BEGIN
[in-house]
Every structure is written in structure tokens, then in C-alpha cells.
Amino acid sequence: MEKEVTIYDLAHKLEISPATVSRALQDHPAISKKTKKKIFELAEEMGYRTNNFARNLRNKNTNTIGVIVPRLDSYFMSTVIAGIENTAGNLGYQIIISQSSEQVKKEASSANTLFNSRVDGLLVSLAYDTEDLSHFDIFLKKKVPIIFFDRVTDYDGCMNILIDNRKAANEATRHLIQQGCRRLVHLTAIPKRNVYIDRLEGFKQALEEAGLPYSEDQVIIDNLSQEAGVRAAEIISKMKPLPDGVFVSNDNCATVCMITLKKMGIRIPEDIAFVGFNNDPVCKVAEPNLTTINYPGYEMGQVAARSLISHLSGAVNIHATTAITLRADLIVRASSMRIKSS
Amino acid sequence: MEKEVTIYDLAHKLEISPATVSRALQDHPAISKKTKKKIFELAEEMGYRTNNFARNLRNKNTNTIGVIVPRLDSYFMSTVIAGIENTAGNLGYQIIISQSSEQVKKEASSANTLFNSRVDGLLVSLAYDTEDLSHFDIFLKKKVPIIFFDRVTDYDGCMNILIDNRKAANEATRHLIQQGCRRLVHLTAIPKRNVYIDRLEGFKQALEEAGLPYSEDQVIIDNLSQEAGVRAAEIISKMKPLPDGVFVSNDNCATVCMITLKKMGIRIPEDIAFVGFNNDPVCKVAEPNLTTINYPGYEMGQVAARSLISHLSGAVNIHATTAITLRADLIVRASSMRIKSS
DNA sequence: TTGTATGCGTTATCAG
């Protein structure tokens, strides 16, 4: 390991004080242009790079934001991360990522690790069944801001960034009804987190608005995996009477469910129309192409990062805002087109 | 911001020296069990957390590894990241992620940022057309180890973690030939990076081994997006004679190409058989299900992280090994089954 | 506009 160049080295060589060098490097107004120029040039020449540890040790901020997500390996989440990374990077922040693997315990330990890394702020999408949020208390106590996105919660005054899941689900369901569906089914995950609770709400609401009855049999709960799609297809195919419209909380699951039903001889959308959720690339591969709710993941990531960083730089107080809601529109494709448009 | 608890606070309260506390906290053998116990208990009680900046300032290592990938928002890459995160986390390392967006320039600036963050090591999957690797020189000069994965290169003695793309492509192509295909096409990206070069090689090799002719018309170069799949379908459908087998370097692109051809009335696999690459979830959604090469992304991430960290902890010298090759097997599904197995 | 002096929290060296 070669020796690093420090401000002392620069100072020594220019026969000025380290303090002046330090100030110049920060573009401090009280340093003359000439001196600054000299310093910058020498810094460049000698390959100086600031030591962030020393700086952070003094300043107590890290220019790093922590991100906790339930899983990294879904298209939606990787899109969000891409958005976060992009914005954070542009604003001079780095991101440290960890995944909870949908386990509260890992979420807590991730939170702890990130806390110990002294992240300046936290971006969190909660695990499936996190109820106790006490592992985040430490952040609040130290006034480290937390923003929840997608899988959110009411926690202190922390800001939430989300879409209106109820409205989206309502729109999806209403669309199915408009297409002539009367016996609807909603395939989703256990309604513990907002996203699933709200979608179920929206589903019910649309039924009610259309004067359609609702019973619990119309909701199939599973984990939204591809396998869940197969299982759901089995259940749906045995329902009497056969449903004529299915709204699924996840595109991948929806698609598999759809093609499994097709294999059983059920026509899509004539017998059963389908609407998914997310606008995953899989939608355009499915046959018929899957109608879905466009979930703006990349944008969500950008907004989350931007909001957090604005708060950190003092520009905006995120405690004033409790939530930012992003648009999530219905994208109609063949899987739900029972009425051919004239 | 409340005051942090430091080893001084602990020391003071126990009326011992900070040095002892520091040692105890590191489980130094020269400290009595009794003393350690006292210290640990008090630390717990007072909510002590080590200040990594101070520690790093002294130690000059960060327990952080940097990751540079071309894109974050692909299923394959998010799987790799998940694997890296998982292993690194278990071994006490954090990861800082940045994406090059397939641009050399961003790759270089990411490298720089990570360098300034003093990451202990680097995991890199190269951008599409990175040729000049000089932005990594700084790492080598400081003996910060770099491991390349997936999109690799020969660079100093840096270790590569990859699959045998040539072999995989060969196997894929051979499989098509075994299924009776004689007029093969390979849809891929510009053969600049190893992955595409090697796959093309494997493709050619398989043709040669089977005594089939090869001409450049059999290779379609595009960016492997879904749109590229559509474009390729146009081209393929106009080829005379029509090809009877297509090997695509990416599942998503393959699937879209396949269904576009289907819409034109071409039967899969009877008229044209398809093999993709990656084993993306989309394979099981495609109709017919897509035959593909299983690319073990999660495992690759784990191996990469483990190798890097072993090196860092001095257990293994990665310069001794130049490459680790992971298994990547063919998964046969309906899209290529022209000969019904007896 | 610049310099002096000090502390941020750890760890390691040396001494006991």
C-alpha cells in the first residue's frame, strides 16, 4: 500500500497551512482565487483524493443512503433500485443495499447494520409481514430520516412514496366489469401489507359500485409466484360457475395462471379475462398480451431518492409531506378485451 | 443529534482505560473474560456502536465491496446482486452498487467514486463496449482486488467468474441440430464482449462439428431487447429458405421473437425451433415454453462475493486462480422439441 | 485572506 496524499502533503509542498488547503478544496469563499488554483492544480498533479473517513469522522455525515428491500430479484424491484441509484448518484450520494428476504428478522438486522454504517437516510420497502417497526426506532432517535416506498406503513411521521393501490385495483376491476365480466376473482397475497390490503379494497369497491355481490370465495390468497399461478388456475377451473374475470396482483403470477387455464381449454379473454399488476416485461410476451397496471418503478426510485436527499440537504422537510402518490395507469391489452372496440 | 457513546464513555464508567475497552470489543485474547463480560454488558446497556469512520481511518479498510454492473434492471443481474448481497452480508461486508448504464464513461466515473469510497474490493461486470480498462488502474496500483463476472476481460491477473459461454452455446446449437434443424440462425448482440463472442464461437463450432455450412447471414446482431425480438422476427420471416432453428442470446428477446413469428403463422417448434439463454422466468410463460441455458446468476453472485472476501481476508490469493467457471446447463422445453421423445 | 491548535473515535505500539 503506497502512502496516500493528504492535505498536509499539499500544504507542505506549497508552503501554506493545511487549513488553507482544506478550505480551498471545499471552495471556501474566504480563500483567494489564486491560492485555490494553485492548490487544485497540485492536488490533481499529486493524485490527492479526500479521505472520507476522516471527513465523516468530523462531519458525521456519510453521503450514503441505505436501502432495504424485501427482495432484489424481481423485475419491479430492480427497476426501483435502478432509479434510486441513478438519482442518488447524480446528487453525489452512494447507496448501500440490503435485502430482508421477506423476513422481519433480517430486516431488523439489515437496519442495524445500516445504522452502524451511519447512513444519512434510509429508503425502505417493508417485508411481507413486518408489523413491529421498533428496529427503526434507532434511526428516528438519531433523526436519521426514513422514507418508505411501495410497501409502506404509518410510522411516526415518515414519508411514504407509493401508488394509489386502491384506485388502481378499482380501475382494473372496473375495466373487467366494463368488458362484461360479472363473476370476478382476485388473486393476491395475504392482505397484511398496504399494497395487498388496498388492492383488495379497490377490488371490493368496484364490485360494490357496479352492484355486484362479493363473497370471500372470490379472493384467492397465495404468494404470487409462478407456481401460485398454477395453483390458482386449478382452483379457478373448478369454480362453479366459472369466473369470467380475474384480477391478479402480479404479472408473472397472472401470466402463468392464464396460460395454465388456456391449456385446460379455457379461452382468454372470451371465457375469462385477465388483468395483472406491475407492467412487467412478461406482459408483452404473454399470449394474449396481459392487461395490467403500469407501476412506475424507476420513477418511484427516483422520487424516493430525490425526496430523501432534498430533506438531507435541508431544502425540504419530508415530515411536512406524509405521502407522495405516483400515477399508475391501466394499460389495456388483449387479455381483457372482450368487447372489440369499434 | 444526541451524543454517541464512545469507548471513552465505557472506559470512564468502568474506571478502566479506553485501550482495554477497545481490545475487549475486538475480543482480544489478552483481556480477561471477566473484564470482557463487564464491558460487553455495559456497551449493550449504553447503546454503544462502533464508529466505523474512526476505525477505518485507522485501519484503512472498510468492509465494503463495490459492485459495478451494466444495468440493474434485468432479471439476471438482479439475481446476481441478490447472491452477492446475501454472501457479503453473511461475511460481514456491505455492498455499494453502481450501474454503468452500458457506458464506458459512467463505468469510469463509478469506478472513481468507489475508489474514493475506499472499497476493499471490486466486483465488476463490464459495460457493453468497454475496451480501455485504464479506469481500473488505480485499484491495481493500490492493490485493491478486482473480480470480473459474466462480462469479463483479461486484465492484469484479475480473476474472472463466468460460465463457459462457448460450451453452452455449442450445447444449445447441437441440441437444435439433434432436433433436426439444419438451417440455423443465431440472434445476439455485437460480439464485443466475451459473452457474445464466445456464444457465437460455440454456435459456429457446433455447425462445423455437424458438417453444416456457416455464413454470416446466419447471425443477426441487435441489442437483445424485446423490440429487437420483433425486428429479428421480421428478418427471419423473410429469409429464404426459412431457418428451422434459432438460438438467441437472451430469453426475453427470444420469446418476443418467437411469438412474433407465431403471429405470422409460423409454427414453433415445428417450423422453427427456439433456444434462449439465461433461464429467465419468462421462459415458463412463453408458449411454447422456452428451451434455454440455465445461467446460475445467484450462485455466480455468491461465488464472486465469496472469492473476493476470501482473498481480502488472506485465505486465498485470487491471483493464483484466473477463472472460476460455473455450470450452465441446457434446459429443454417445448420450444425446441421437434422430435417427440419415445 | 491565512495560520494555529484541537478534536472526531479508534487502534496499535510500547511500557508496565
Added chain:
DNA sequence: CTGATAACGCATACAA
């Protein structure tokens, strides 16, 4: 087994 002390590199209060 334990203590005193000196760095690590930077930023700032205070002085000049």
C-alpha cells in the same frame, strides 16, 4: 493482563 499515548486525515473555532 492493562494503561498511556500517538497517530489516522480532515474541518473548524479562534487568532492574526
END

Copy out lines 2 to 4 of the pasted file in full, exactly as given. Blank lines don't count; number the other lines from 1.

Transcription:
Every structure is written in structure tokens, then in C-alpha cells.
Amino acid sequence: MEKEVTIYDLAHKLEISPATVSRALQDHPAISKKTKKKIFELAEEMGYRTNNFARNLRNKNTNTIGVIVPRLDSYFMSTVIAGIENTAGNLGYQIIISQSSEQVKKEASSANTLFNSRVDGLLVSLAYDTEDLSHFDIFLKKKVPIIFFDRVTDYDGCMNILIDNRKAANEATRHLIQQGCRRLVHLTAIPKRNVYIDRLEGFKQALEEAGLPYSEDQVIIDNLSQEAGVRAAEIISKMKPLPDGVFVSNDNCATVCMITLKKMGIRIPEDIAFVGFNNDPVCKVAEPNLTTINYPGYEMGQVAARSLISHLSGAVNIHATTAITLRADLIVRASSMRIKSS
Amino acid sequence: MEKEVTIYDLAHKLEISPATVSRALQDHPAISKKTKKKIFELAEEMGYRTNNFARNLRNKNTNTIGVIVPRLDSYFMSTVIAGIENTAGNLGYQIIISQSSEQVKKEASSANTLFNSRVDGLLVSLAYDTEDLSHFDIFLKKKVPIIFFDRVTDYDGCMNILIDNRKAANEATRHLIQQGCRRLVHLTAIPKRNVYIDRLEGFKQALEEAGLPYSEDQVIIDNLSQEAGVRAAEIISKMKPLPDGVFVSNDNCATVCMITLKKMGIRIPEDIAFVGFNNDPVCKVAEPNLTTINYPGYEMGQVAARSLISHLSGAVNIHATTAITLRADLIVRASSMRIKSS